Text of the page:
The channel width-to-length ratio is an important transistor parameter for integrated circuit design. Contact diffusion into the channel during fabrication or operation alters the channel width and this important parameter. A novel methodology combining atomic force microscopy and scanning Kelvin probe microscopy (SKPM) with self-consistent modeling is developed for the nondestructive detection of contact diffusion on active devices. Scans of the surface potential are modeled using physically based Technology Computer Aided Design (TCAD) simulations when the transistor terminals are grounded and under biased conditions. The simulations also incorporate the tip geometry to investigate its effect on the measurements due to electrostatic tip–sample interactions. The method is particularly useful for semiconductor– and metal–semiconductor interfaces where the potential contrast resulting from dopant diffusion is below that usually detectable with scanning probe microscopy.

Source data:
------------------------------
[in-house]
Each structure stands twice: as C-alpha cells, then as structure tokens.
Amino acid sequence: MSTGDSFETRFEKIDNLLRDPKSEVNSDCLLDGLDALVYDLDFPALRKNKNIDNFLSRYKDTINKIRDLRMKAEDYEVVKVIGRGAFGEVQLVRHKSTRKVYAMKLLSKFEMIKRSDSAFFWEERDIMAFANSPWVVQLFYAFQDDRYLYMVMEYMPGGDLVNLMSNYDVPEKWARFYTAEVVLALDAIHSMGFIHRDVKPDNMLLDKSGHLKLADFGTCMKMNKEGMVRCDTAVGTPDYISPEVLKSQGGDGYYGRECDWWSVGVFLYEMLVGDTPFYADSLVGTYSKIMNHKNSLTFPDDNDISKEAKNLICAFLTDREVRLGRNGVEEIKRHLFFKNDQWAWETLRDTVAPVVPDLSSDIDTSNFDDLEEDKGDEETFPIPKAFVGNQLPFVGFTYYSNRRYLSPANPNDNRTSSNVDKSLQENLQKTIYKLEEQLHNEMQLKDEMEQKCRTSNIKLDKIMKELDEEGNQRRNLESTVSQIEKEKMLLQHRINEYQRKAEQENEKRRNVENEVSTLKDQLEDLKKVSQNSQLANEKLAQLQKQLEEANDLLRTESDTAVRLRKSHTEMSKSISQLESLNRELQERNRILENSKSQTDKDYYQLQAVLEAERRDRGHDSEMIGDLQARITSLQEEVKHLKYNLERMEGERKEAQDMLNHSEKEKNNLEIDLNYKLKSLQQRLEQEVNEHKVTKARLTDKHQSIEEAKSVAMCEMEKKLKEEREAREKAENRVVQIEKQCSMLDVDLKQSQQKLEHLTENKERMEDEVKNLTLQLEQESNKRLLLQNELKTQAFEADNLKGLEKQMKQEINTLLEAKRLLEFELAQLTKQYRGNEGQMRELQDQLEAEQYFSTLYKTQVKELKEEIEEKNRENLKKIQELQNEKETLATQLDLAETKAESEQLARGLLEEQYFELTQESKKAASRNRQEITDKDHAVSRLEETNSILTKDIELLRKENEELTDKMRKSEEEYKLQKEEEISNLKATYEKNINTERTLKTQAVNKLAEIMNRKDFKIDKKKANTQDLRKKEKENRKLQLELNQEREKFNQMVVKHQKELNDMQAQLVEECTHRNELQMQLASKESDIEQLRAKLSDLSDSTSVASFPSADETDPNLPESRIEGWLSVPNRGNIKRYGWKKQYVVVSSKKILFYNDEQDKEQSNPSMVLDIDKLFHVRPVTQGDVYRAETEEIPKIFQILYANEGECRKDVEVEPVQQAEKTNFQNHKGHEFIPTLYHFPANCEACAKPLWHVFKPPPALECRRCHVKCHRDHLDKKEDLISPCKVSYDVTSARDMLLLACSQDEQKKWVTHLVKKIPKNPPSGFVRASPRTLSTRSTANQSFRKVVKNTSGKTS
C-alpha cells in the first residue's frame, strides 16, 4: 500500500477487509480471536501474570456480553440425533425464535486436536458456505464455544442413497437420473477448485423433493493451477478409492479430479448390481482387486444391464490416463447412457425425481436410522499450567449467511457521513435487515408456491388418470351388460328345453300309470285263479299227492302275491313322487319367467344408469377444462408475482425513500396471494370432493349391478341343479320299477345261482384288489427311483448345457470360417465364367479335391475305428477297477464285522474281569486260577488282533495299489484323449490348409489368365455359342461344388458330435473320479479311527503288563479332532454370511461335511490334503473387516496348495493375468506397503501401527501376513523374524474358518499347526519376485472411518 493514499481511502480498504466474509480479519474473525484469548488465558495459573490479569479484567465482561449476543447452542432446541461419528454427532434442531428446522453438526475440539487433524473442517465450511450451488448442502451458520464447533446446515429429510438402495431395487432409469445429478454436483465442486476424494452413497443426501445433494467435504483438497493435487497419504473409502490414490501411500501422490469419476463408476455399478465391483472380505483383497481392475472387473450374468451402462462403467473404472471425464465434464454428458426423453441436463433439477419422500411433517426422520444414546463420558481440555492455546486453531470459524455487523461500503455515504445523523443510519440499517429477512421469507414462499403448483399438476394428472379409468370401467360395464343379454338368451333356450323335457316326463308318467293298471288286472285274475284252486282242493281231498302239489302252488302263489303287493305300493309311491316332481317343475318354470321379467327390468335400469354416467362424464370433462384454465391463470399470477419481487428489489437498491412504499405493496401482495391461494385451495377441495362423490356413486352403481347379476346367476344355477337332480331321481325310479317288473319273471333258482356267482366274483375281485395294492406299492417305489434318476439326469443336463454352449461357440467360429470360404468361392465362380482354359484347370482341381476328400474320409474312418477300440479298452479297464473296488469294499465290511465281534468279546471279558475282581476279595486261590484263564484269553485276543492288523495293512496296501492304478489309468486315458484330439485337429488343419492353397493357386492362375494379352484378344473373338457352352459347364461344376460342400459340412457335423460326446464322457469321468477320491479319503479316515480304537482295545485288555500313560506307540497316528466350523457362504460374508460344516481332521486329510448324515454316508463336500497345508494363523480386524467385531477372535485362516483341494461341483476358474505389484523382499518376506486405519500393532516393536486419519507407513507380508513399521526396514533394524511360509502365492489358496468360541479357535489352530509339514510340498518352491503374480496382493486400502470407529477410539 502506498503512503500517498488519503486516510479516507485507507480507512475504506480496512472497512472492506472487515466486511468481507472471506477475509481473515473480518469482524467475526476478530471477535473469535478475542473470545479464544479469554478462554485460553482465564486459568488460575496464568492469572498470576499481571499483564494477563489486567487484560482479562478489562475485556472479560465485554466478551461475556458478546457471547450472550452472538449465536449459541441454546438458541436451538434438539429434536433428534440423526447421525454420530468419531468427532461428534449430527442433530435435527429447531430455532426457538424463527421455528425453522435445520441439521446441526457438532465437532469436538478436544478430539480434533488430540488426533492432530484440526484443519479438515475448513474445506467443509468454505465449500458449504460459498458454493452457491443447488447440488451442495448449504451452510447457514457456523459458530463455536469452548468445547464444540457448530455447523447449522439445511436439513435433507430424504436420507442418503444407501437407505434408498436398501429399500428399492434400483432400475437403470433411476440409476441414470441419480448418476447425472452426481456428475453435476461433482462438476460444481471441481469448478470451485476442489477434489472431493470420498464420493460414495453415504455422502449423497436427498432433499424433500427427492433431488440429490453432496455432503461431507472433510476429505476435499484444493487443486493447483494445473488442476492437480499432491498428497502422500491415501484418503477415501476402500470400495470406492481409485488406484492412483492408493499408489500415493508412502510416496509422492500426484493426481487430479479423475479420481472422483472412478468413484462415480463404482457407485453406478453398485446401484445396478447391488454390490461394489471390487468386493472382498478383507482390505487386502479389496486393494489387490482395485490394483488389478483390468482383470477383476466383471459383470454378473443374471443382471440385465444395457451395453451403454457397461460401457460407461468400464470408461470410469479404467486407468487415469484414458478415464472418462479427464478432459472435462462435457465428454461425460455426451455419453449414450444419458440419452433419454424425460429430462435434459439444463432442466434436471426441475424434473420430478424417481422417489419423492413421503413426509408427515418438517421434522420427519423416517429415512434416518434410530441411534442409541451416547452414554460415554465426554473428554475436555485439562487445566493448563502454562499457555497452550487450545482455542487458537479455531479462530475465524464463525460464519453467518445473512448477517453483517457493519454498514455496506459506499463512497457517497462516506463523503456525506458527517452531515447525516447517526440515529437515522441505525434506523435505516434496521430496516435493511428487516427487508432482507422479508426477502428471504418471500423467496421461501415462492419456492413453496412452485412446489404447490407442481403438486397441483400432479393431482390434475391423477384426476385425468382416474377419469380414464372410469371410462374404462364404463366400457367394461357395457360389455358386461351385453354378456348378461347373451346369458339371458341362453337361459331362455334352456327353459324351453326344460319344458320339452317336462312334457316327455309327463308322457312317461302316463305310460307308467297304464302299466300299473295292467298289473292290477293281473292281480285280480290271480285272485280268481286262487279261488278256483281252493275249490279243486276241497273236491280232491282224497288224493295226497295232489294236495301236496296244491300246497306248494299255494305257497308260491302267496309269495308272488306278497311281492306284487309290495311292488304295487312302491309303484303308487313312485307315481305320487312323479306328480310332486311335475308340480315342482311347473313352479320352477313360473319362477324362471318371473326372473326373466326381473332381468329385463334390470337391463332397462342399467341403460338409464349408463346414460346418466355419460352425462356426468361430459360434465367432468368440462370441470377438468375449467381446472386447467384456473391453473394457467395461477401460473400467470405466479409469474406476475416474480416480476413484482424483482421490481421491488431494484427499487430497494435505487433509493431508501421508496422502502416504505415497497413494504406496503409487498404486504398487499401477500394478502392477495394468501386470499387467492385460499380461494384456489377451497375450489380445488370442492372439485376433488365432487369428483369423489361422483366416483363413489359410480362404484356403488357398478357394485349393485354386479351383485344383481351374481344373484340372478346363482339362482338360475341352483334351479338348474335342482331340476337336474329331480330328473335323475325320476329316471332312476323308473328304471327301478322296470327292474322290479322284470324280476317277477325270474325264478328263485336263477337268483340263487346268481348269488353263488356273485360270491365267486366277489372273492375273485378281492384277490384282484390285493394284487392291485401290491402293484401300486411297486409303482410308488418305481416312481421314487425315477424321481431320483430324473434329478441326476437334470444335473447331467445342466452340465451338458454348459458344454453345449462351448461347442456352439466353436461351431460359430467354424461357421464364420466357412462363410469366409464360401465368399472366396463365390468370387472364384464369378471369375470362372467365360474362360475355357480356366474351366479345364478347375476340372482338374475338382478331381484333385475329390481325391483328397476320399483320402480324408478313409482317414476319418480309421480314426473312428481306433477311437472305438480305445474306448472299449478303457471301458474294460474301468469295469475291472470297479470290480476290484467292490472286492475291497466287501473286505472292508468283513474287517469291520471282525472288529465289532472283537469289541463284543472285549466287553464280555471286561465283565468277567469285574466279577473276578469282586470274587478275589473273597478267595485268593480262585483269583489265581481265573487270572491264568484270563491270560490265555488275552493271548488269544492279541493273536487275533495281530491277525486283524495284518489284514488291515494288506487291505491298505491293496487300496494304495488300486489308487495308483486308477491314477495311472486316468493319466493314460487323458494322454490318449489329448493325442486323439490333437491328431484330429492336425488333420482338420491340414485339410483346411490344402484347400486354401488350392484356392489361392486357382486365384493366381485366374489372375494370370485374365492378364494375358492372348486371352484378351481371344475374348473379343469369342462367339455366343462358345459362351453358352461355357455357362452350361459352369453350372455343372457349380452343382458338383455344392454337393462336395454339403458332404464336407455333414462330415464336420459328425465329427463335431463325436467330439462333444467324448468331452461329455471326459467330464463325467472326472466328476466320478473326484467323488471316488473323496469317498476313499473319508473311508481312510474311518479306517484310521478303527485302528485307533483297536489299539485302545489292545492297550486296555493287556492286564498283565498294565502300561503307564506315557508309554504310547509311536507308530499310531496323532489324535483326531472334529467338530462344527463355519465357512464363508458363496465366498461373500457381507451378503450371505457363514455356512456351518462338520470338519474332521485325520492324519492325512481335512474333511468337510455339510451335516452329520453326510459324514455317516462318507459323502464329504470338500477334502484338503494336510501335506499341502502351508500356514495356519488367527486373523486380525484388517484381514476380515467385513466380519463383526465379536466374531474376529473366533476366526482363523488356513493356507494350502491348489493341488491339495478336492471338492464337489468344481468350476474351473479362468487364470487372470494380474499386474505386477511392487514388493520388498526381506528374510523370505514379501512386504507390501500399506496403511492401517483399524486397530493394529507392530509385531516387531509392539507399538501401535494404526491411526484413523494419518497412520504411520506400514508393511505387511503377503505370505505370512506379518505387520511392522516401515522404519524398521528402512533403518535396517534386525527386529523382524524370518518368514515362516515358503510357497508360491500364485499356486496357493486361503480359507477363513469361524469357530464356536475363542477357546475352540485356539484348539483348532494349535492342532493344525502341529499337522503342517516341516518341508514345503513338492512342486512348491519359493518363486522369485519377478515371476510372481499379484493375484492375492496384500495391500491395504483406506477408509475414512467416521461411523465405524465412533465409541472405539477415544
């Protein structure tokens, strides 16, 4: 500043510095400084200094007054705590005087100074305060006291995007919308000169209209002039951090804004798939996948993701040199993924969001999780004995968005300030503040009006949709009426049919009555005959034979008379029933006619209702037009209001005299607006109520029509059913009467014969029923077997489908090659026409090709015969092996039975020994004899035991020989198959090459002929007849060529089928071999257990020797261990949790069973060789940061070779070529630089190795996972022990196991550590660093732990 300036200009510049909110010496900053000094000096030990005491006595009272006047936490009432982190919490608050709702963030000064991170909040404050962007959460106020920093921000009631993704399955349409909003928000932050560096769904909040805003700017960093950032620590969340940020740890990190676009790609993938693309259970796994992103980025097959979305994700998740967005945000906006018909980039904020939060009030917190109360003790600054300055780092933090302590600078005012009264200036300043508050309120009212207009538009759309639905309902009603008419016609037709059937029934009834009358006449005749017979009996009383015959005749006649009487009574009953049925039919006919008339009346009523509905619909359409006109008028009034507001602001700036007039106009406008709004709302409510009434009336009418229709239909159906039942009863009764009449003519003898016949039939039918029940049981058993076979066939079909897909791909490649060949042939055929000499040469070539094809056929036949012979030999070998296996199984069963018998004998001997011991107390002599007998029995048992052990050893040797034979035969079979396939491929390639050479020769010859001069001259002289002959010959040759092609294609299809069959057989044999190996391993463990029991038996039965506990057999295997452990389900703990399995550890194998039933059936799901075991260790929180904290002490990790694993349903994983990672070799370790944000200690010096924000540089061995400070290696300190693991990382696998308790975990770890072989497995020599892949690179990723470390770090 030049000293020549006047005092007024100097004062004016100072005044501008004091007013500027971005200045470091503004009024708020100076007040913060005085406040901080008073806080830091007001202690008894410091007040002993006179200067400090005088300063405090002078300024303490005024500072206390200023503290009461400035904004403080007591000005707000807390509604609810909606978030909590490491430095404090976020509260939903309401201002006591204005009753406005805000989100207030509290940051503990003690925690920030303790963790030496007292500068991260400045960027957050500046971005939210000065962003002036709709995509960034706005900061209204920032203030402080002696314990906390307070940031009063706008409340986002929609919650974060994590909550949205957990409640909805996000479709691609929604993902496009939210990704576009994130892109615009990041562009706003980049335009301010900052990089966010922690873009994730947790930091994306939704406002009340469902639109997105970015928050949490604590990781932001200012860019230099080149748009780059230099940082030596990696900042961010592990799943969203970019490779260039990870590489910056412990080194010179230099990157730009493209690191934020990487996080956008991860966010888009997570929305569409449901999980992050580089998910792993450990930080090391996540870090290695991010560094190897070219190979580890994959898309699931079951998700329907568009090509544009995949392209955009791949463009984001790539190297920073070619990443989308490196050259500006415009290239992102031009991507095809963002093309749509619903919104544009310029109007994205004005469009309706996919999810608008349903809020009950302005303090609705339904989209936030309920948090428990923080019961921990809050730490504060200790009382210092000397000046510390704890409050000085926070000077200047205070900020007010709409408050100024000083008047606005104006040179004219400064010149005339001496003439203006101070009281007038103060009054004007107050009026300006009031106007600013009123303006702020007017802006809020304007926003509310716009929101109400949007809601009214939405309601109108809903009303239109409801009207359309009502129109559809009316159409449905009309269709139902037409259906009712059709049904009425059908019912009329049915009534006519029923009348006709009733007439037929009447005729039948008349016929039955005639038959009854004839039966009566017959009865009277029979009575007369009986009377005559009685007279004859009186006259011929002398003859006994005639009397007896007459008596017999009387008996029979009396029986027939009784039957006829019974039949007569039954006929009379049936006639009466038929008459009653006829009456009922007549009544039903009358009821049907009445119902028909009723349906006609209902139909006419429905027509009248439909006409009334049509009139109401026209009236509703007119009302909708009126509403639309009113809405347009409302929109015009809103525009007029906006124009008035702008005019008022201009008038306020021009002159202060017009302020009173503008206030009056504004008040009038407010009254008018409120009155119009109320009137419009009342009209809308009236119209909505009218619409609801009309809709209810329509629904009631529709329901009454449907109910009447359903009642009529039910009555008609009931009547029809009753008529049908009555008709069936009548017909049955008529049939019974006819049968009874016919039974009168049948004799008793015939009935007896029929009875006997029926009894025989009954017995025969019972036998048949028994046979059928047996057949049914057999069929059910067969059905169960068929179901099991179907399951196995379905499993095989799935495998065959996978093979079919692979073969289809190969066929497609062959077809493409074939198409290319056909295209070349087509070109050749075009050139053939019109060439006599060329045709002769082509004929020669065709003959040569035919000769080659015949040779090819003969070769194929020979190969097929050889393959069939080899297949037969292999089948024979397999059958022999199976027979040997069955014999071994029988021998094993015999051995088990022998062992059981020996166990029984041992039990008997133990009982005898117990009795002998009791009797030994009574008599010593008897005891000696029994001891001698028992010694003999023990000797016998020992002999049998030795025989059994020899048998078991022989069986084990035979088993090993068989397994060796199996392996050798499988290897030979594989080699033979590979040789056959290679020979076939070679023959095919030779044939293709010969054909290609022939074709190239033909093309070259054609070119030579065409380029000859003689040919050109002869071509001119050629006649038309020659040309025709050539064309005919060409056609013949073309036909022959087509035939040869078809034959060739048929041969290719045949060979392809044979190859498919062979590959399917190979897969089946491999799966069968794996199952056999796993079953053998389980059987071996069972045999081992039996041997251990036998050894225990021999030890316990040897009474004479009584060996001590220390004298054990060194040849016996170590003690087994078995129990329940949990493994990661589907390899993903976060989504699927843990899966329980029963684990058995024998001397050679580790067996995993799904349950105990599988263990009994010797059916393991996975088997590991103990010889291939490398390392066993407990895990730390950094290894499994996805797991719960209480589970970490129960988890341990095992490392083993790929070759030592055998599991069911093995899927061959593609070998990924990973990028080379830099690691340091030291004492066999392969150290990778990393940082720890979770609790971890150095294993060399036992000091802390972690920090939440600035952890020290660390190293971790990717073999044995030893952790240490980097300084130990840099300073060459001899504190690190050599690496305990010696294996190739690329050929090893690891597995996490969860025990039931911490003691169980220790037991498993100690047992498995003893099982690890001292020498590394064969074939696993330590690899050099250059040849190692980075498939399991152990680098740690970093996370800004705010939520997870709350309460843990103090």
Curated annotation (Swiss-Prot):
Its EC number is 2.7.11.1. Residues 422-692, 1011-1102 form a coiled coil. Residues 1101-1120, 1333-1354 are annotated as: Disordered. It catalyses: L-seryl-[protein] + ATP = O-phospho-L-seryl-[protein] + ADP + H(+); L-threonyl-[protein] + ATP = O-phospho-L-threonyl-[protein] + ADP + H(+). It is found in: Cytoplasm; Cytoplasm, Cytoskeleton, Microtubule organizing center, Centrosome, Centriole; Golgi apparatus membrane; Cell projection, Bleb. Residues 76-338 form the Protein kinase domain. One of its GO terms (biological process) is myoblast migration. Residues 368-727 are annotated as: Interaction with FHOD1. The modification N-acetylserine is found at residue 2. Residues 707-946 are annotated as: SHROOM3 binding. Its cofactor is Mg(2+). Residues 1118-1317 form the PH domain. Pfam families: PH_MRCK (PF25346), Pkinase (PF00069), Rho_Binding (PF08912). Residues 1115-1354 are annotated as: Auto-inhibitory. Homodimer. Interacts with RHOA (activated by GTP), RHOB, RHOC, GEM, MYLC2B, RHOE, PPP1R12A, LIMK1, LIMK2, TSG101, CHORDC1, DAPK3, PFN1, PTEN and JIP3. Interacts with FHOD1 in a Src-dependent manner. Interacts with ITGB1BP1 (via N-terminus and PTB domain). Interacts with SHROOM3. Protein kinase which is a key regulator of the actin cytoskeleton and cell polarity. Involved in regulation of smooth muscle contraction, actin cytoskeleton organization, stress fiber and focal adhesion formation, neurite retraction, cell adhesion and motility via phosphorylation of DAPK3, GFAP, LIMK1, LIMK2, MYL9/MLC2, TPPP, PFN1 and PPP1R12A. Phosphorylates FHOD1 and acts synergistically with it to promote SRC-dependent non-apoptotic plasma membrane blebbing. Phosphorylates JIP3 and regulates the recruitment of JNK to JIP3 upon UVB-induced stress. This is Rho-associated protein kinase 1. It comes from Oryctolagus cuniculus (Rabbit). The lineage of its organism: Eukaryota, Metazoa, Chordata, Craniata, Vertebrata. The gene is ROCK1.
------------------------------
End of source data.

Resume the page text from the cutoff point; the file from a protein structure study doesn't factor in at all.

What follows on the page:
Bibliographical noteThis is an open access article published under a Creative Commons Attribution (CC-BY) License, which permits unrestricted use, distribution and reproduction in any medium, provided the author and source are cited.
ASJC Scopus subject areas
- Physics and Astronomy(all)
- Materials Science(all)
Kryvchenkova, O., Abdullah, I., Macdonals, J. E., Elliott, M., Anthopoulos, T., Lin, Y-H., ... Cobley, R. (2016). Nondestructive Method for Mapping Metal Contact Diffusion in In2O3Thin-Film Transistors. ACS Applied Materials and Interfaces, 8(38), 25631-25636. https://doi.org/10.1021/acsami.6b10332